updated 5/10/2009 2:55:49 PM ET 2009-05-10T18:55:49

In a blunt rebuff of the Afghan president, President Barack Obama's national security adviser said Sunday the United States would not end the airstrikes in Afghanistan that have reportedly killed hundreds of civilians in the course war.

Most recently, Hamid Karzai said U.S. bombing and air strikes western Afghanistan's Farah province may have killed as many as 130 civilians.

Retired Gen. James Jones said American forces would continue to make military decisions based on the best intelligence available and would not rule out any action because "we can't fight with one hand tied behind our back."

Karzai has been highly critical of U.S. military missions that have killed civilians and cast a deep cloud of suspicion over the nearly eight-year-old American mission in the landlocked and deeply backward South Asian nation. After dislodging the brutal Taliban regime in late 2001, its leadership and Osama bin Laden and much of his al-Qaida structure fled across the forbidding mountains into Pakistan.

Violence has soared
But as the U.S. war in Afghanistan dragged on, the Taliban has retaken control over as much as 40 percent of Afghanistan and violence has soared, pushing deep into Pakistan. Bin Laden and his top deputy, Ayman al-Zawahiri remain at large and are believed hiding in the mountains on the Pakistan side of the border.

Jones acknowledge the difficulty facing U.S. troops who are fighting a Taliban enemy that has no compunction about using civilians as human shields.

"We have to be careful to make sure that we don't unnecessarily wound or kill innocent civilians," Jones said.

Gen. David Petraeus, chief of the U.S. Central Command, was less direct when asked about the Karzai demand, but gave no indication the U.S. would comply.

"We have to take a look at this, make sure that our commanders understand the — you know, the subtleties of the situation, the complexity of it, and do the right thing," the Central Command chief said. "So it's a difficult problem, but it's not unsolvable."

As part of his new regional strategy, Obama and top administration officials met in Washington last week with Pakistan's President Asif Ali Zardari and Karzai for unprecedented three-way talks to advance Washington's efforts to wipe out the Taliban and al-Qaida operations and safe havens along their common border.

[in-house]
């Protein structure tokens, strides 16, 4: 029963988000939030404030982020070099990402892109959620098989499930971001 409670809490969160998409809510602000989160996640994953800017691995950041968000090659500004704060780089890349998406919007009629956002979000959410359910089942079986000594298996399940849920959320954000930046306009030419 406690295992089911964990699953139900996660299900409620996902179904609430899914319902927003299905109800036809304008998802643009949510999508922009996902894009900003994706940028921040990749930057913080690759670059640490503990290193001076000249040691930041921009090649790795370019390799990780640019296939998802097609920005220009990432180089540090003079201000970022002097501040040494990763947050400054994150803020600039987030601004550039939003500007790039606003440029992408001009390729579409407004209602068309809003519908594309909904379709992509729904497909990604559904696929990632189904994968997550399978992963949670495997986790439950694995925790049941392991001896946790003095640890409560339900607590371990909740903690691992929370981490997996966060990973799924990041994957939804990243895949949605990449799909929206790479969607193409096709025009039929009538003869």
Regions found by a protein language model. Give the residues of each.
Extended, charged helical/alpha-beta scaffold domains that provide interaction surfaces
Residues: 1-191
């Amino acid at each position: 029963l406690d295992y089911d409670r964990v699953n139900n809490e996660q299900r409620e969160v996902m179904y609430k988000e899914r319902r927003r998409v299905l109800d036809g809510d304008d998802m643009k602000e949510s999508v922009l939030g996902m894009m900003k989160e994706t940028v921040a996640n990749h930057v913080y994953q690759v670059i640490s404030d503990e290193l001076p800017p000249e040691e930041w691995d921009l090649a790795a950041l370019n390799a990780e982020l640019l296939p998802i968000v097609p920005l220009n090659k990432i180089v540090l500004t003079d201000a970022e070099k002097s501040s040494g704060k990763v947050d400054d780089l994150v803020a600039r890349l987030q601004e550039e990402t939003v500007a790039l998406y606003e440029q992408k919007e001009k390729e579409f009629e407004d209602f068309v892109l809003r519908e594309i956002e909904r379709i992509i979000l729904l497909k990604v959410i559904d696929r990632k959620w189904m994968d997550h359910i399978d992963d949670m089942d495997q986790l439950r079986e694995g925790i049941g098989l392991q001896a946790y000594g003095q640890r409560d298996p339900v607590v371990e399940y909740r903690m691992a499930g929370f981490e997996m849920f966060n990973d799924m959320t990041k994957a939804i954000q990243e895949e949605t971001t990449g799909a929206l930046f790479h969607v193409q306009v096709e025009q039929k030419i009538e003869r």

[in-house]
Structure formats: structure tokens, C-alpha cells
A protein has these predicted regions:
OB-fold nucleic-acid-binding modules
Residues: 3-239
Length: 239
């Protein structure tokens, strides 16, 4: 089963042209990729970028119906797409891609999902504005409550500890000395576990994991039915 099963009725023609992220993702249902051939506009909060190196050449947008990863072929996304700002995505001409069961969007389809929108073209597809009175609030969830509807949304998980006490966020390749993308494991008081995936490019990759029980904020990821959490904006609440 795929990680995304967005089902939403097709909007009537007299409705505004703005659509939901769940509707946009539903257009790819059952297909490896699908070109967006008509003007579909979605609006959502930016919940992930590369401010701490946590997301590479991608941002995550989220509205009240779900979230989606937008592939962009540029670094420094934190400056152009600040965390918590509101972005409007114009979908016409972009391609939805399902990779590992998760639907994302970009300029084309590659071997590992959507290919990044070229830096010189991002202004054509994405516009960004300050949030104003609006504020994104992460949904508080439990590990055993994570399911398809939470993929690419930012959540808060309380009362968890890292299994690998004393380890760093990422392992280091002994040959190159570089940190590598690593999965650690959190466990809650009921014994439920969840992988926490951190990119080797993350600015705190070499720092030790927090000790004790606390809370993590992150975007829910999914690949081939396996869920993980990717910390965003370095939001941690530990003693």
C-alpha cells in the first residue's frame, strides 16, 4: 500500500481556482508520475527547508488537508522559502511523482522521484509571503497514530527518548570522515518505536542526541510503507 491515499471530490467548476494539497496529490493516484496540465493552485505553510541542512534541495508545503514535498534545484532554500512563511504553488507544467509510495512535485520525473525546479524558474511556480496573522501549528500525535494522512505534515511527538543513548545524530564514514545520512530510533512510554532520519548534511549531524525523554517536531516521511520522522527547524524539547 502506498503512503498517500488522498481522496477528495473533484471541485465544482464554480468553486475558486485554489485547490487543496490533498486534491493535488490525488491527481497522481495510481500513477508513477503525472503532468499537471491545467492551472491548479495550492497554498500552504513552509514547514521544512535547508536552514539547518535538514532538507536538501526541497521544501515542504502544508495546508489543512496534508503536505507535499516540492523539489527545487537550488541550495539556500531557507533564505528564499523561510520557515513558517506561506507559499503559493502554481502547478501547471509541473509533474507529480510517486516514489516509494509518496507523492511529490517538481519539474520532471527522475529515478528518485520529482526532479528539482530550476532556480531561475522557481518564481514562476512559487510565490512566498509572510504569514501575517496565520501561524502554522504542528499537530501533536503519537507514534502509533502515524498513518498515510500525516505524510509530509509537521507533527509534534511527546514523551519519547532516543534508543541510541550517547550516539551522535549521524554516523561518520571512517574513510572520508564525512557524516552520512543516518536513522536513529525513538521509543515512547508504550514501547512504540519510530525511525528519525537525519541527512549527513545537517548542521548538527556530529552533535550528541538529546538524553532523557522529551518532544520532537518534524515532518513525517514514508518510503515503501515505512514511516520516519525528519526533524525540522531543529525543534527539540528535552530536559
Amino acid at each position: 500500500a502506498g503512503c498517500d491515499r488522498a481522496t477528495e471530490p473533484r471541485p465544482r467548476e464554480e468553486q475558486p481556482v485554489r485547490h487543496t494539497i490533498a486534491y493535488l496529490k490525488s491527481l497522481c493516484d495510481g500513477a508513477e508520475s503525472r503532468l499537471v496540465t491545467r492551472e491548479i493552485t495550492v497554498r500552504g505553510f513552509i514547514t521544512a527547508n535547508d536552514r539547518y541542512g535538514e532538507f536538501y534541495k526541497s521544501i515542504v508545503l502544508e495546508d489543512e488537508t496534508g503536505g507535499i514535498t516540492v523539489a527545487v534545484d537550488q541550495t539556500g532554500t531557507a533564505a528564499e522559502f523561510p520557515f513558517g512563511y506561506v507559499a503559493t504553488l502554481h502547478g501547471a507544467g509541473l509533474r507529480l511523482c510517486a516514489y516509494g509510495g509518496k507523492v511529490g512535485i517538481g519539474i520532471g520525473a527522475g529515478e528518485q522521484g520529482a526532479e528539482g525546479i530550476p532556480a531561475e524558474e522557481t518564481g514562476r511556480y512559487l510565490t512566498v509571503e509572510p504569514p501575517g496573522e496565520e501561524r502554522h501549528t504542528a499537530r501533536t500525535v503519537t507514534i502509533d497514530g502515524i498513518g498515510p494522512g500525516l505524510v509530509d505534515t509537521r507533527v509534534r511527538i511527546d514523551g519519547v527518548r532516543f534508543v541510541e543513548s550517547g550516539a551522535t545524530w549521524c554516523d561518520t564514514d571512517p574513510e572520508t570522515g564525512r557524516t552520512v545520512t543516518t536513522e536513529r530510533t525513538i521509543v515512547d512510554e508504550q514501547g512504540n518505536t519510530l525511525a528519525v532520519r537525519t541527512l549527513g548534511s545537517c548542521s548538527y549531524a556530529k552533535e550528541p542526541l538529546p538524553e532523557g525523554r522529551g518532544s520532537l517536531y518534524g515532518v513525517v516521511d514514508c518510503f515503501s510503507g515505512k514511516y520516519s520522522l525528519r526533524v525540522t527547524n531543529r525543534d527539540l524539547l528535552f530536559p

'True threat' to Pakistan
Obama's new strategy, unveiled March 27, links American success in defeating the Taliban in Afghanistan with stability in neighboring Pakistan, where the militant Islamic organization has been operating without sustained opposition from the country's large military. It is mainly deployed along the country's eastern border with India. Those countries have fought three wars since independence from Britain.

Petraeus said the Taliban represented a "true threat" to Pakistan's existence, but he joined Obama in declaring his confidence in the security of Islamabad's nuclear arsenal. Zardari also issued assurances in an interview broadcast Sunday on NBC that Pakistan's nuclear weapons were safe.

As Zardari's military continued its first major offensive in the northwest of the country, Petraeus said he believed that Taliban brutality in the largely lawless region had "galvanized" the country, including its military. The offensive opened last week while Zardari was in Washington for talks with Obama.

The U.S. has repeatedly expressed frustration with the Pakistan government for its hesitancy in going after the Taliban militants, who at one point in the past two weeks had driven to within 60 miles (100 kilometers) of Islamabad, the capital.

Pakistan army spokesman Maj. Gen. Athar Abbas said 400 to 500 militants had been killed since the operation was launched.

Overcoming the 'trust deficit'
Petraeus, meanwhile, said he believed bin Laden and al-Zawahiri, were still in charge of al-Qaida.

Jones, however, said he wasn't sure if bin Laden was still alive. "The truth is, I don't think anybody knows."

And Zardari offered a third opinion: "I've said before that he — I don't think he's alive," Zardari said. "They (American intelligence officials ) haven't heard of him since seven years."

Petraeus said the United States was now working hard to overcome "the trust deficit" in Pakistan, declaring that it "stems back to us dropping Pakistan in the wake of the expulsion of the Soviets from Afghanistan. It lasted for years, and it will take months and years to re-establish the kind of trust and bonds and partnership that are necessary to move forward."

The U.S. and Western allies played a heavy behind the scenes role in arming and financing what became the core of the Taliban and, in some cases, al-Qaida in their 10-year-long fight against the Soviet occupation in the 1980s.

Copyright 2009 The Associated Press. All rights reserved. This material may not be published, broadcast, rewritten or redistributed.


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